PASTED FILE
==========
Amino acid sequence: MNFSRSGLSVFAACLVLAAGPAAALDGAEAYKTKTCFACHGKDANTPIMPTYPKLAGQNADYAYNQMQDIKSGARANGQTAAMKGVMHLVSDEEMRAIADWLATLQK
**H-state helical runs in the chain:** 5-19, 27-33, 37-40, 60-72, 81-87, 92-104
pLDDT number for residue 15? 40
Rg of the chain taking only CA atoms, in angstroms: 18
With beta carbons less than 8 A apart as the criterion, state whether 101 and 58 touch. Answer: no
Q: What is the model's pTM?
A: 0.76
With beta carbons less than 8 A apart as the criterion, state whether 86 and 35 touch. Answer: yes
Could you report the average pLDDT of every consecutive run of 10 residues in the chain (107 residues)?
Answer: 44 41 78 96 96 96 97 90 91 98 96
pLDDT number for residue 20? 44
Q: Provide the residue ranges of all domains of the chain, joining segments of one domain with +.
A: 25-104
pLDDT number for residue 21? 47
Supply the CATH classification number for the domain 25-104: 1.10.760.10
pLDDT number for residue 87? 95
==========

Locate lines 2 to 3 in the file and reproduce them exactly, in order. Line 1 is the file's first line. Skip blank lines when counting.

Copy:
**H-state helical runs in the chain:** 5-19, 27-33, 37-40, 60-72, 81-87, 92-104
pLDDT number for residue 15? 40